Community Wishlist Survey 2017/Multimedia and Commons/Textual diffs for SVGs

Textual diffs for SVGs

  • Problem: Comparing different media versions is often difficult as the changes may not be noticeable. This stands for SVGs as well as other media formats; however, as SVG is a textual file format, its changes can be shown as textual diffs.
  • Who would benefit: Advanced users who understand the SVG source code.
  • Proposed solution: Use the existing diff used for wikitext changes also for SVG (and any other textual file format), provide a diff link in the first column of the file history like (current | diff) / (restore | diff).
  • More comments:
  • Phabricator tickets:
  • Proposer: Tacsipacsi (talk) 20:22, 6 November 2017 (UTC)Reply[reply]

Discussion Edit

Example SVG file used on 7.7M pages, which has 8 versions. When 9-th version is uploded it would be nice to compare source-codes to see what changed. --Jarekt (talk) 14:29, 16 November 2017 (UTC)Reply[reply]

Do you have a specific example of an SVG file (on Wikimedia Commons etc) which got updated and when being able to view such a diff would have been helpful? --AKlapper (WMF) (talk) 21:30, 7 November 2017 (UTC)Reply[reply]

It came into my mind just after the previous year’s survey, I don’t remember specific image which I had in my mind ten months ago… But maps like Kosovo relations.svg are good examples: this file’s changes are mainly properly noted (except if the change wasn’t the one stated in the upload comment), but some versions don’t have comment while they—I suppose—are mainly consist of toggling CSS classes, so it’s easily understandable from the textual diff. Also, textual files can be changed in such a way that they are really the same pixel by pixel, but the source code is different (from changing a comment to a major cleanup). —Tacsipacsi (talk) 22:07, 7 November 2017 (UTC)Reply[reply]

This seems like a very limited and specific use case, that could easily be addressed with a gadget, that uses an online diff service or something to compare two files, without forcing an extra useless button upon people who won't need it. —TheDJ (talkcontribs) 10:46, 8 November 2017 (UTC)Reply[reply]

At least the backend should be done—why would I need to use a third-party service when we have a working diff system? Also, MediaWiki already has many links which I should call bloatware at more visible places like the “beta” link in the personal toolbar (one can easily get there from the preferences; or why don’t we have separate links for all preferences tabs?). OK, make it opt-in, but do it in PHP—it’s not easier to do client side than the sandbox link, which is not even opt-out. Please do not mark it as nonsense or useless ab ovo, just vote against it in the voting phase. It may turn out than that nobody else would need this feature. —Tacsipacsi (talk) 22:15, 8 November 2017 (UTC)Reply[reply]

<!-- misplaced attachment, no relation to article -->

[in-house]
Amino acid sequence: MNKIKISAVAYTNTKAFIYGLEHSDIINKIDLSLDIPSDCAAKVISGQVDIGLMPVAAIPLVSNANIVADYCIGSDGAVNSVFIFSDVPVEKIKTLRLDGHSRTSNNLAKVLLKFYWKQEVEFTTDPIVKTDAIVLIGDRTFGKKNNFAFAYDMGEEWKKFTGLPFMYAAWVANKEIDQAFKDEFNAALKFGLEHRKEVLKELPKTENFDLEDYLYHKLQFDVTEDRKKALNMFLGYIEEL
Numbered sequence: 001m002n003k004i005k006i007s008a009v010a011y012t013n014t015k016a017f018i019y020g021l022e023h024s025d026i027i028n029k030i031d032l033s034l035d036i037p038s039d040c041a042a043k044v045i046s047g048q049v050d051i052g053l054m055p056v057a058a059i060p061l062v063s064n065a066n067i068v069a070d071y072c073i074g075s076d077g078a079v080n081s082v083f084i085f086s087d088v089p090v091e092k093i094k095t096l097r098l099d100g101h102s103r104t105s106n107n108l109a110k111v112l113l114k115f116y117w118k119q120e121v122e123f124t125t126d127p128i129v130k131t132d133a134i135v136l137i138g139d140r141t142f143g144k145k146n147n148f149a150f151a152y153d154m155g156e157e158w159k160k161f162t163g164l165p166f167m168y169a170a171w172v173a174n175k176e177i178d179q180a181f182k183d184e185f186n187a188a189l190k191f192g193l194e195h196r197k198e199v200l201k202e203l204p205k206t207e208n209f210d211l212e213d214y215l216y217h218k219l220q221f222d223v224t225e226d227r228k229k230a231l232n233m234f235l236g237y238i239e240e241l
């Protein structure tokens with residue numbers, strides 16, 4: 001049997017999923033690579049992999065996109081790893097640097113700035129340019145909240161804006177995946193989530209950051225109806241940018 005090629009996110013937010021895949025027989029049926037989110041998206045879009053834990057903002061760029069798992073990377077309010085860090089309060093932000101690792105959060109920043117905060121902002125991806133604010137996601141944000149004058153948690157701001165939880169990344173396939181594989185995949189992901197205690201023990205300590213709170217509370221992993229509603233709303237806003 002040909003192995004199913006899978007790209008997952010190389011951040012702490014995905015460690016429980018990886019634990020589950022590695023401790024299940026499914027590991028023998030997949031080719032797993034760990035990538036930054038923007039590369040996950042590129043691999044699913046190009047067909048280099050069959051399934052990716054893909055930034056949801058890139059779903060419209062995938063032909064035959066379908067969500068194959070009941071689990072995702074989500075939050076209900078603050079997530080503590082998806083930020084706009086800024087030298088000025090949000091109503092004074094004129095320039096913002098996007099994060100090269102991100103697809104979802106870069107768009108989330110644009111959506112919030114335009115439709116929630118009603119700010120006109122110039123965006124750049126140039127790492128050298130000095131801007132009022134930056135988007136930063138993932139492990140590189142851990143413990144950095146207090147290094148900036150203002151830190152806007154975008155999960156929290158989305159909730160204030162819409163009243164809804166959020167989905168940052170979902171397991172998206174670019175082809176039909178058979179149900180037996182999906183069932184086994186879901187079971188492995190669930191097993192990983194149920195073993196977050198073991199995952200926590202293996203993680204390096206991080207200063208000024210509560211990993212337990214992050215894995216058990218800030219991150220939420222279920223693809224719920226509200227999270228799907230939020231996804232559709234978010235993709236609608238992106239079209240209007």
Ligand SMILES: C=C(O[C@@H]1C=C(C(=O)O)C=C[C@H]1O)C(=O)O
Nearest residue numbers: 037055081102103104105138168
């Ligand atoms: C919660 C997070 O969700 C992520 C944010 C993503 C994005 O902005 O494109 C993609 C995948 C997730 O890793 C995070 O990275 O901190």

I'd think a state-of-the-art visual compare tool would address a wider audience, although it wouldn't be completely equivalent. It would be more intuitive for non-nerds and it's often more important to get help spotting inconspicuous visual changes than calling attention to some purely technical rearrangement of internal data structures. I'm picturing something that shows two images on top of each other and a visibility seam between that you can grab and slide around like here, and maybe some compensation mechanism to disregard if content was just shifted around on the page.--Reseletti (talk) 15:59, 9 November 2017 (UTC)Reply[reply]

Yes, a visual diff might be more important. It’s also better because it can work for all image types (but still not for other media types: videos, sound and multipage documents like PDF and DjVu). —Tacsipacsi (talk) 21:26, 9 November 2017 (UTC)Reply[reply]
This makes sense for PNGs and GIFs because they are losslessly compressed, but JPEG quantization has real potential to make visual diffs a dog's breakfast. MER-C (talk) 03:51, 10 November 2017 (UTC)Reply[reply]
The above example works also for JPEG, as it doesn’t compare the images by itself, rather makes the user easier to do so. —Tacsipacsi (talk) 14:31, 10 November 2017 (UTC)Reply[reply]
Reseletti, Tacsipacsi, MER-C If you are enthusiastic about an option like that, please make sure to submit it as a SEPARATE proposal. —TheDJ (talkcontribs) 10:35, 13 November 2017 (UTC)Reply[reply]
  • Expanding on this: general SVG uploading via text would be very good to have too. It is a format that should and could be changed very easily, but currently we are stuck with a system that doesn’t serve its needs well enough despite it gaining traction for the usage in all kinds of graphics. stjn[ru] 21:13, 11 November 2017 (UTC)Reply[reply]
  • For years I was struck by how strange it is when people are trying to improve existing SVG files by tweaking their source-code and we have no good way of comparing before and after versions. --Jarekt (talk) 14:29, 16 November 2017 (UTC)Reply[reply]

Voting Edit